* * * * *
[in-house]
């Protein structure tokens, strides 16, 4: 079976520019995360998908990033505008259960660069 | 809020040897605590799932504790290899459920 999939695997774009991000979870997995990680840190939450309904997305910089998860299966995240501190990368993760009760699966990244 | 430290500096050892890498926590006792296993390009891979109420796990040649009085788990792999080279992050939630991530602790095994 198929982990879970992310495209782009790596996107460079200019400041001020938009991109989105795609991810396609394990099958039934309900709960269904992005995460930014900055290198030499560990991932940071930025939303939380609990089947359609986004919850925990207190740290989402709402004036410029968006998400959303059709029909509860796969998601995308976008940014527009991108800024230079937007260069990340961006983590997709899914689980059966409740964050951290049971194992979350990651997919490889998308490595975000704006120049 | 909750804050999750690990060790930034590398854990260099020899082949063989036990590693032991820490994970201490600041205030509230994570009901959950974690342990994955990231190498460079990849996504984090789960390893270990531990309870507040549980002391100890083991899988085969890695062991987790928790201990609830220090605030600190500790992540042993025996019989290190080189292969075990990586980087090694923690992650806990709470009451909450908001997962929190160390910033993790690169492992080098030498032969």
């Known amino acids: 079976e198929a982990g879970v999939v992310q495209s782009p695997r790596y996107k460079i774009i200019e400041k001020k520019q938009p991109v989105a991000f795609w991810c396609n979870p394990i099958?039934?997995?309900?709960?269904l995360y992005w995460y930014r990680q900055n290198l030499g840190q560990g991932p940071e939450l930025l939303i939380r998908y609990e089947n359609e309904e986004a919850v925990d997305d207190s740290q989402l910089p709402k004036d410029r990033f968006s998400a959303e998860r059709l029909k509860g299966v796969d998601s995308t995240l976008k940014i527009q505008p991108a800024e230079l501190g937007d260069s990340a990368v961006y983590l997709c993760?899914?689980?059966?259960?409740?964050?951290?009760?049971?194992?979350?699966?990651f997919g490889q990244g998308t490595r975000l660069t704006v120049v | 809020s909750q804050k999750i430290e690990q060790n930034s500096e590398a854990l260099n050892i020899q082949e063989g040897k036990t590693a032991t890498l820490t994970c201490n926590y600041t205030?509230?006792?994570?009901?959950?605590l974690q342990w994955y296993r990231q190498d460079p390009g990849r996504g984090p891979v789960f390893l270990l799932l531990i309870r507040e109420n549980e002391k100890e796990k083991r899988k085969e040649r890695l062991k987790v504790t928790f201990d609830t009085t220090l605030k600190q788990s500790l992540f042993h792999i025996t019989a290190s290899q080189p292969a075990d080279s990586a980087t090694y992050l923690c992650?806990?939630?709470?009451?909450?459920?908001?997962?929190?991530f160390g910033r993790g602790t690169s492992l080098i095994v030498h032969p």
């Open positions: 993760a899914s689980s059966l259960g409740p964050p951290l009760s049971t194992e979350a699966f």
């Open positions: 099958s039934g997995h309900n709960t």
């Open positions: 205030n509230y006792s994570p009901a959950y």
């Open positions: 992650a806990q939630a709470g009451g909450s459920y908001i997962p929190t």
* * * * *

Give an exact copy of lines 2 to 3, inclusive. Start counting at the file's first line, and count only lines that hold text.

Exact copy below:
């Protein structure tokens, strides 16, 4: 079976520019995360998908990033505008259960660069 | 809020040897605590799932504790290899459920 999939695997774009991000979870997995990680840190939450309904997305910089998860299966995240501190990368993760009760699966990244 | 430290500096050892890498926590006792296993390009891979109420796990040649009085788990792999080279992050939630991530602790095994 198929982990879970992310495209782009790596996107460079200019400041001020938009991109989105795609991810396609394990099958039934309900709960269904992005995460930014900055290198030499560990991932940071930025939303939380609990089947359609986004919850925990207190740290989402709402004036410029968006998400959303059709029909509860796969998601995308976008940014527009991108800024230079937007260069990340961006983590997709899914689980059966409740964050951290049971194992979350990651997919490889998308490595975000704006120049 | 909750804050999750690990060790930034590398854990260099020899082949063989036990590693032991820490994970201490600041205030509230994570009901959950974690342990994955990231190498460079990849996504984090789960390893270990531990309870507040549980002391100890083991899988085969890695062991987790928790201990609830220090605030600190500790992540042993025996019989290190080189292969075990990586980087090694923690992650806990709470009451909450908001997962929190160390910033993790690169492992080098030498032969």
């Known amino acids: 079976e198929a982990g879970v999939v992310q495209s782009p695997r790596y996107k460079i774009i200019e400041k001020k520019q938009p991109v989105a991000f795609w991810c396609n979870p394990i099958?039934?997995?309900?709960?269904l995360y992005w995460y930014r990680q900055n290198l030499g840190q560990g991932p940071e939450l930025l939303i939380r998908y609990e089947n359609e309904e986004a919850v925990d997305d207190s740290q989402l910089p709402k004036d410029r990033f968006s998400a959303e998860r059709l029909k509860g299966v796969d998601s995308t995240l976008k940014i527009q505008p991108a800024e230079l501190g937007d260069s990340a990368v961006y983590l997709c993760?899914?689980?059966?259960?409740?964050?951290?009760?049971?194992?979350?699966?990651f997919g490889q990244g998308t490595r975000l660069t704006v120049v | 809020s909750q804050k999750i430290e690990q060790n930034s500096e590398a854990l260099n050892i020899q082949e063989g040897k036990t590693a032991t890498l820490t994970c201490n926590y600041t205030?509230?006792?994570?009901?959950?605590l974690q342990w994955y296993r990231q190498d460079p390009g990849r996504g984090p891979v789960f390893l270990l799932l531990i309870r507040e109420n549980e002391k100890e796990k083991r899988k085969e040649r890695l062991k987790v504790t928790f201990d609830t009085t220090l605030k600190q788990s500790l992540f042993h792999i025996t019989a290190s290899q080189p292969a075990d080279s990586a980087t090694y992050l923690c992650?806990?939630?709470?009451?909450?459920?908001?997962?929190?991530f160390g910033r993790g602790t690169s492992l080098i095994v030498h032969p």